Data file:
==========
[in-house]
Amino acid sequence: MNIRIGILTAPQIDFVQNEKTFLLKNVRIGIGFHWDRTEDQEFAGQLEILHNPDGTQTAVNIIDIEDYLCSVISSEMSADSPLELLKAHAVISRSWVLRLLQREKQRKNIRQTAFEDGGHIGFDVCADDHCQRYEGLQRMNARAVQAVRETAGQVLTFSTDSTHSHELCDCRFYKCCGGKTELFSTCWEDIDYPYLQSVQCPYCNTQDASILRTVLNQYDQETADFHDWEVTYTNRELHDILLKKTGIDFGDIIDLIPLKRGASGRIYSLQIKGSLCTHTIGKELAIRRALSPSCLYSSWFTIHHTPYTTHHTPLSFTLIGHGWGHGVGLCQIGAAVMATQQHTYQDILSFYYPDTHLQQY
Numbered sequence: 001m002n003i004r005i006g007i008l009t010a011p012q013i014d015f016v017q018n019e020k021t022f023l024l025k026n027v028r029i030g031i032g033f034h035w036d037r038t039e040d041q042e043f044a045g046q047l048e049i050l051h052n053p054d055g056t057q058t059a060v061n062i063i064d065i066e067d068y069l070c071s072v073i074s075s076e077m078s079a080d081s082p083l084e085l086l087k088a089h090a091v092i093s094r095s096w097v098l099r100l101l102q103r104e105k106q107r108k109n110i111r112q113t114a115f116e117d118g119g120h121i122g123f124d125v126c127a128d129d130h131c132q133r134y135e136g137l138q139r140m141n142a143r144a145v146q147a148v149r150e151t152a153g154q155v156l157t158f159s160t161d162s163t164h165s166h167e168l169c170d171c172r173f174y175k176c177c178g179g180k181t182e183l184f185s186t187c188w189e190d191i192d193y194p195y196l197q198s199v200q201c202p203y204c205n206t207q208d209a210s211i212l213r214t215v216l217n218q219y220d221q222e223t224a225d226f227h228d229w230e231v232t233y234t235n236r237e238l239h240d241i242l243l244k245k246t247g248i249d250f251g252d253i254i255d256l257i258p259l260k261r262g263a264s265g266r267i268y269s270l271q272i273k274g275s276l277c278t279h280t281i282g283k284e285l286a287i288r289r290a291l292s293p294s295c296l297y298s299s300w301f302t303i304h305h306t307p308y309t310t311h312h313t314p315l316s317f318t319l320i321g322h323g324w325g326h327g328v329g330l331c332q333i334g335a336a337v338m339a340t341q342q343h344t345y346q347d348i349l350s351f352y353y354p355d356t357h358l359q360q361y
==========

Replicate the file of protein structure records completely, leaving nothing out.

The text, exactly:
[in-house]
Amino acid sequence: MNIRIGILTAPQIDFVQNEKTFLLKNVRIGIGFHWDRTEDQEFAGQLEILHNPDGTQTAVNIIDIEDYLCSVISSEMSADSPLELLKAHAVISRSWVLRLLQREKQRKNIRQTAFEDGGHIGFDVCADDHCQRYEGLQRMNARAVQAVRETAGQVLTFSTDSTHSHELCDCRFYKCCGGKTELFSTCWEDIDYPYLQSVQCPYCNTQDASILRTVLNQYDQETADFHDWEVTYTNRELHDILLKKTGIDFGDIIDLIPLKRGASGRIYSLQIKGSLCTHTIGKELAIRRALSPSCLYSSWFTIHHTPYTTHHTPLSFTLIGHGWGHGVGLCQIGAAVMATQQHTYQDILSFYYPDTHLQQY
Numbered sequence: 001m002n003i004r005i006g007i008l009t010a011p012q013i014d015f016v017q018n019e020k021t022f023l024l025k026n027v028r029i030g031i032g033f034h035w036d037r038t039e040d041q042e043f044a045g046q047l048e049i050l051h052n053p054d055g056t057q058t059a060v061n062i063i064d065i066e067d068y069l070c071s072v073i074s075s076e077m078s079a080d081s082p083l084e085l086l087k088a089h090a091v092i093s094r095s096w097v098l099r100l101l102q103r104e105k106q107r108k109n110i111r112q113t114a115f116e117d118g119g120h121i122g123f124d125v126c127a128d129d130h131c132q133r134y135e136g137l138q139r140m141n142a143r144a145v146q147a148v149r150e151t152a153g154q155v156l157t158f159s160t161d162s163t164h165s166h167e168l169c170d171c172r173f174y175k176c177c178g179g180k181t182e183l184f185s186t187c188w189e190d191i192d193y194p195y196l197q198s199v200q201c202p203y204c205n206t207q208d209a210s211i212l213r214t215v216l217n218q219y220d221q222e223t224a225d226f227h228d229w230e231v232t233y234t235n236r237e238l239h240d241i242l243l244k245k246t247g248i249d250f251g252d253i254i255d256l257i258p259l260k261r262g263a264s265g266r267i268y269s270l271q272i273k274g275s276l277c278t279h280t281i282g283k284e285l286a287i288r289r290a291l292s293p294s295c296l297y298s299s300w301f302t303i304h305h306t307p308y309t310t311h312h313t314p315l316s317f318t319l320i321g322h323g324w325g326h327g328v329g330l331c332q333i334g335a336a337v338m339a340t341q342q343h344t345y346q347d348i349l350s351f352y353y354p355d356t357h358l359q360q361y